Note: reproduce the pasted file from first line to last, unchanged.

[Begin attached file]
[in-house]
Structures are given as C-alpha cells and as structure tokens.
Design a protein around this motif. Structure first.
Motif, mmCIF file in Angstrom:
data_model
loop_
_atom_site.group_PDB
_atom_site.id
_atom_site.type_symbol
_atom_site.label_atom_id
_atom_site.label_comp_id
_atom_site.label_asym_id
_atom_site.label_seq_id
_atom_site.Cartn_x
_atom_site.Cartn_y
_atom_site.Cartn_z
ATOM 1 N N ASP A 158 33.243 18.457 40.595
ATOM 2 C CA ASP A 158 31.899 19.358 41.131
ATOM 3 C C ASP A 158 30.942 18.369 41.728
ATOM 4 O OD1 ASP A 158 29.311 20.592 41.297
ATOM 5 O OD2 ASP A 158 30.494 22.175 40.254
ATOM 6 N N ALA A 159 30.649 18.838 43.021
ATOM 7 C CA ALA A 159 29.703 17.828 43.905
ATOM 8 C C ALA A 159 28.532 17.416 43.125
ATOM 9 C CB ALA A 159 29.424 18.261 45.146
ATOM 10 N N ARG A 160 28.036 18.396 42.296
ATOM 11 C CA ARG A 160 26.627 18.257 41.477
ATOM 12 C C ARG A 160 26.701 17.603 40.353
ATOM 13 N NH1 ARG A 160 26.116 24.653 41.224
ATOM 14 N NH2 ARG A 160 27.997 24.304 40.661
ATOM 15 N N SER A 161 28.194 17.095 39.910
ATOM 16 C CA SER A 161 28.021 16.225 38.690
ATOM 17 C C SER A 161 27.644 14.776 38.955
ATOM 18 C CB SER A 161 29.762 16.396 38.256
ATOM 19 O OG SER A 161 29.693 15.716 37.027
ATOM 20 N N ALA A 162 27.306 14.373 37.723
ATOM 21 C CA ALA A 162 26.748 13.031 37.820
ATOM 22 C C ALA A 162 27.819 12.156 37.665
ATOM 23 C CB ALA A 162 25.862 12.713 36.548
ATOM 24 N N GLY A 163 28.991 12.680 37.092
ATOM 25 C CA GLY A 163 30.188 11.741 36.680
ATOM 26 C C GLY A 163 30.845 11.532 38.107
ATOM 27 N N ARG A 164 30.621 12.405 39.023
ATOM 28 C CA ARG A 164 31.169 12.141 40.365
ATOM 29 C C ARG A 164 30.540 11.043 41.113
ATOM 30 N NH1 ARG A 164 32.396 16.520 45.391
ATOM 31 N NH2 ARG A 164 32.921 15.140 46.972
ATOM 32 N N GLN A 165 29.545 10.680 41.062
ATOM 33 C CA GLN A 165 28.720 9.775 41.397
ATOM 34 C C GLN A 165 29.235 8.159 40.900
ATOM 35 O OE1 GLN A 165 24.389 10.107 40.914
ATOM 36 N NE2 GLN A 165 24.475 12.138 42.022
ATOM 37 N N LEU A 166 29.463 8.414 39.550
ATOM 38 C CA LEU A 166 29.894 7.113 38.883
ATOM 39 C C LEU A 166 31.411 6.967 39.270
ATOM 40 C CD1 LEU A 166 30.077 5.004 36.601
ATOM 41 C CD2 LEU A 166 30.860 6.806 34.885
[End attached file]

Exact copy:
[in-house]
Structures are given as C-alpha cells and as structure tokens.
Design a protein around this motif. Structure first.
Motif, mmCIF file in Angstrom:
data_model
loop_
_atom_site.group_PDB
_atom_site.id
_atom_site.type_symbol
_atom_site.label_atom_id
_atom_site.label_comp_id
_atom_site.label_asym_id
_atom_site.label_seq_id
_atom_site.Cartn_x
_atom_site.Cartn_y
_atom_site.Cartn_z
ATOM 1 N N ASP A 158 33.243 18.457 40.595
ATOM 2 C CA ASP A 158 31.899 19.358 41.131
ATOM 3 C C ASP A 158 30.942 18.369 41.728
ATOM 4 O OD1 ASP A 158 29.311 20.592 41.297
ATOM 5 O OD2 ASP A 158 30.494 22.175 40.254
ATOM 6 N N ALA A 159 30.649 18.838 43.021
ATOM 7 C CA ALA A 159 29.703 17.828 43.905
ATOM 8 C C ALA A 159 28.532 17.416 43.125
ATOM 9 C CB ALA A 159 29.424 18.261 45.146
ATOM 10 N N ARG A 160 28.036 18.396 42.296
ATOM 11 C CA ARG A 160 26.627 18.257 41.477
ATOM 12 C C ARG A 160 26.701 17.603 40.353
ATOM 13 N NH1 ARG A 160 26.116 24.653 41.224
ATOM 14 N NH2 ARG A 160 27.997 24.304 40.661
ATOM 15 N N SER A 161 28.194 17.095 39.910
ATOM 16 C CA SER A 161 28.021 16.225 38.690
ATOM 17 C C SER A 161 27.644 14.776 38.955
ATOM 18 C CB SER A 161 29.762 16.396 38.256
ATOM 19 O OG SER A 161 29.693 15.716 37.027
ATOM 20 N N ALA A 162 27.306 14.373 37.723
ATOM 21 C CA ALA A 162 26.748 13.031 37.820
ATOM 22 C C ALA A 162 27.819 12.156 37.665
ATOM 23 C CB ALA A 162 25.862 12.713 36.548
ATOM 24 N N GLY A 163 28.991 12.680 37.092
ATOM 25 C CA GLY A 163 30.188 11.741 36.680
ATOM 26 C C GLY A 163 30.845 11.532 38.107
ATOM 27 N N ARG A 164 30.621 12.405 39.023
ATOM 28 C CA ARG A 164 31.169 12.141 40.365
ATOM 29 C C ARG A 164 30.540 11.043 41.113
ATOM 30 N NH1 ARG A 164 32.396 16.520 45.391
ATOM 31 N NH2 ARG A 164 32.921 15.140 46.972
ATOM 32 N N GLN A 165 29.545 10.680 41.062
ATOM 33 C CA GLN A 165 28.720 9.775 41.397
ATOM 34 C C GLN A 165 29.235 8.159 40.900
ATOM 35 O OE1 GLN A 165 24.389 10.107 40.914
ATOM 36 N NE2 GLN A 165 24.475 12.138 42.022
ATOM 37 N N LEU A 166 29.463 8.414 39.550
ATOM 38 C CA LEU A 166 29.894 7.113 38.883
ATOM 39 C C LEU A 166 31.411 6.967 39.270
ATOM 40 C CD1 LEU A 166 30.077 5.004 36.601
ATOM 41 C CD2 LEU A 166 30.860 6.806 34.885